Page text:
The Colorado Department of Transportation, in partnership with the Colorado State Patrol, Colorado Motor Carriers Association, and in-cab driver alert providers, PrePass Safety Alliance and Drivewyze, are coming together to help enhance safety for truckers traveling through the state’s mountainous areas.
CDOT is launching a new safety campaign, The Mountain Rules, a comprehensive, strategic and safety-focused effort to inform and educate trucking companies and drivers on the challenges of driving in Colorado’s mountains. The initiative includes information on potential hazards and a consistent reminder on the need to be slow, steady and safe while driving down steep mountain passes.
“It’s no secret that our mountains create immense challenges for semi-truck drivers,” said Shoshana Lew, CDOT executive director. “The Mountain Rules has a simple mission - get everyone home safely – and this campaign, which supports CDOT’s Whole Safety – Whole System initiative, is a major step towards achieving that goal.”
In addition to an educational effort, The Mountain Rules consists of infrastructure and informational improvements, including:
- Signing eastbound Interstate 70 and all eastbound chain stations, east of the Eisenhower/Johnson Tunnels, with information on the brake check locations for truckers.
- Restriping the wide eastbound exit ramp at the Genesee Park Interchange into a more-defined short-term truck parking area where overheated brakes can cool down and equipment checks can take place prior to the final descent into the Golden area.
- A new subscription-based, in-cab alert system, warning truck drivers about specific areas where brake failures could occur, and the location of brake check and runaway truck ramps.
- Information gathering on the feasibility of a new ramp and other measures to mitigate runaway trucks, such as geometric and signage improvements to the existing Mount Vernon Canyon Truck Runaway Ramp.
The I-70 Mountain Corridor will be the initial pilot for The Mountain Rules. CDOT then will expand the program to other mountainous locations.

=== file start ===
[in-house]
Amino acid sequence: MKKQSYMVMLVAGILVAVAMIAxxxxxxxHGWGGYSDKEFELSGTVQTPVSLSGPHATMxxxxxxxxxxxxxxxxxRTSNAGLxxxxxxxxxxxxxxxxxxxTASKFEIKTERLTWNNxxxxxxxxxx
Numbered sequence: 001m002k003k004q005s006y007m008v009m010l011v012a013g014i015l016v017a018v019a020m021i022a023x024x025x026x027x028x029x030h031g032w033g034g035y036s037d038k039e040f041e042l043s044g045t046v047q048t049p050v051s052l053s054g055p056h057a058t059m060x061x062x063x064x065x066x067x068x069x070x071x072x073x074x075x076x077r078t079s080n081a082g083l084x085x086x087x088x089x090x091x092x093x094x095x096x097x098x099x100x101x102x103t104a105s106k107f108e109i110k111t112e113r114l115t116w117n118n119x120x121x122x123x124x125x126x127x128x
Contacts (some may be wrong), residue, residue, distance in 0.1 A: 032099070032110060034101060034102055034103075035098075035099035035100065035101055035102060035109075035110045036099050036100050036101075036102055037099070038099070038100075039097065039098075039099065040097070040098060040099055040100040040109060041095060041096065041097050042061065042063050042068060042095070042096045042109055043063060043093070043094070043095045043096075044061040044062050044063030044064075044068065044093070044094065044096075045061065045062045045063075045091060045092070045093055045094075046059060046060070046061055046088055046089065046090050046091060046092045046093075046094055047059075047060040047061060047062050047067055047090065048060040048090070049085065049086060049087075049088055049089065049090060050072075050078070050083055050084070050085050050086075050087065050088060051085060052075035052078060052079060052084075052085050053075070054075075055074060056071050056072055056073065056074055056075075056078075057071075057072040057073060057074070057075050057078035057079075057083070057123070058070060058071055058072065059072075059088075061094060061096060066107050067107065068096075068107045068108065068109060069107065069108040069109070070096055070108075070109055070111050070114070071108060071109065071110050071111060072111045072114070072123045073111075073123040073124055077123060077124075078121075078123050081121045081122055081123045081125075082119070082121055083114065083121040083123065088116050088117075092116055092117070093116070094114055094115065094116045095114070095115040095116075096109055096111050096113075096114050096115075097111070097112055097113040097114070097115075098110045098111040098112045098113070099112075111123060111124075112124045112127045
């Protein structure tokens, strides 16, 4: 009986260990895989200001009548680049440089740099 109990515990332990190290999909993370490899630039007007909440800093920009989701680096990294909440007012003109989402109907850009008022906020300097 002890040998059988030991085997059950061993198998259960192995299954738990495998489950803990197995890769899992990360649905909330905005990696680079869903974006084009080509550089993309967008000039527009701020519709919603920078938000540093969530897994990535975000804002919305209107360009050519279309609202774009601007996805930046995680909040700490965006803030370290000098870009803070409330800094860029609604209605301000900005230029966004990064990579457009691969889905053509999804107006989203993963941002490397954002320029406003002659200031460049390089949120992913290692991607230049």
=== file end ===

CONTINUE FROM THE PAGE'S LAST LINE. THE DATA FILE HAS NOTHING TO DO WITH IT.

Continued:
To help improve mountain safety in Colorado, both PrePass and Drivewyze have added safety alerts to their platforms, warning drivers of upcoming dangerous areas, locations of runaway ramps, and other helpful tips to safely navigate steep mountain passes.
Drivers using the PrePass weigh station bypass mobile app, PrePass Motion, already receive safety alerts on their mobile devices when approaching steep grades, gusty wind areas or other hazards. The newest alerts will now notify drivers when they are approaching any of the five runaway truck ramps along I-70 in Colorado.
PrePass alerts also provide advance notice of seven brake check and/or tire chain-up or removal areas along the route. Drivers receive a visual and audible alert approximately five miles in advance of these locations.
“These dynamic alerts will improve highway safety by notifying truck drivers well in advance of steep grades and sites where they can check their brakes,” said Terry Maple, regional director for PrePass Safety Alliance.
Drivewyze has added mountain corridor safety alerts to its Drivewyze Safety Notifications service, alerting drivers to upcoming safe locations to pull over for brake check inspections and showing suggested maximum speeds down steep grades.
Drivewyze subscribers will have their drivers receive in-cab alerts and see prompts to gear low while showing suggested maximum speeds down steep grades. It will also alert drivers of upcoming runaway ramps.
Colorado is Drivewyze’s first state in the new alert program. Seven Colorado mountain passes are part of the Drivewyze Safety Notifications package, with 22 more states to follow by the end of August. In addition to I-70, Drivewyze is providing alerts for Rabbit Ears Pass, Loveland Pass, Monarch Pass, Slickrock Pass, Wolf Creek Pass and Coal Bank Pass.
“It’s a challenge for truck drivers with steep grades and heavy traffic – especially for those new to mountain driving,” said Brian Mofford, vice president of government experience at Drivewyze. “Drivers have to be in tune with their surroundings, check their brakes and be prepared for constant downshifting and speed control. Brakes can get hot and fail for those who are not ready. It’s why we also have notifications for runaway ramps as a last resort safeguard for a safe stop. Our alerts will help keep preparations top of mind to help keep truck drivers and the motoring public safer.”
A recent incident in April saw an out-of-control runaway truck slam into stopped traffic near Lakewood, Colorado, killing four people. Luckily, other tragedies have been averted thanks to truck drivers using the corridor’s five runaway truck ramps along the route, according to CDOT.
“The goal is to not have to use the ramps at all, by having drivers better prepared,” said Mofford. “Our alerts will keep safety front and center and prompt drivers to check their brakes, allowing them to cool down, and remind them to downshift to a lower gear.”
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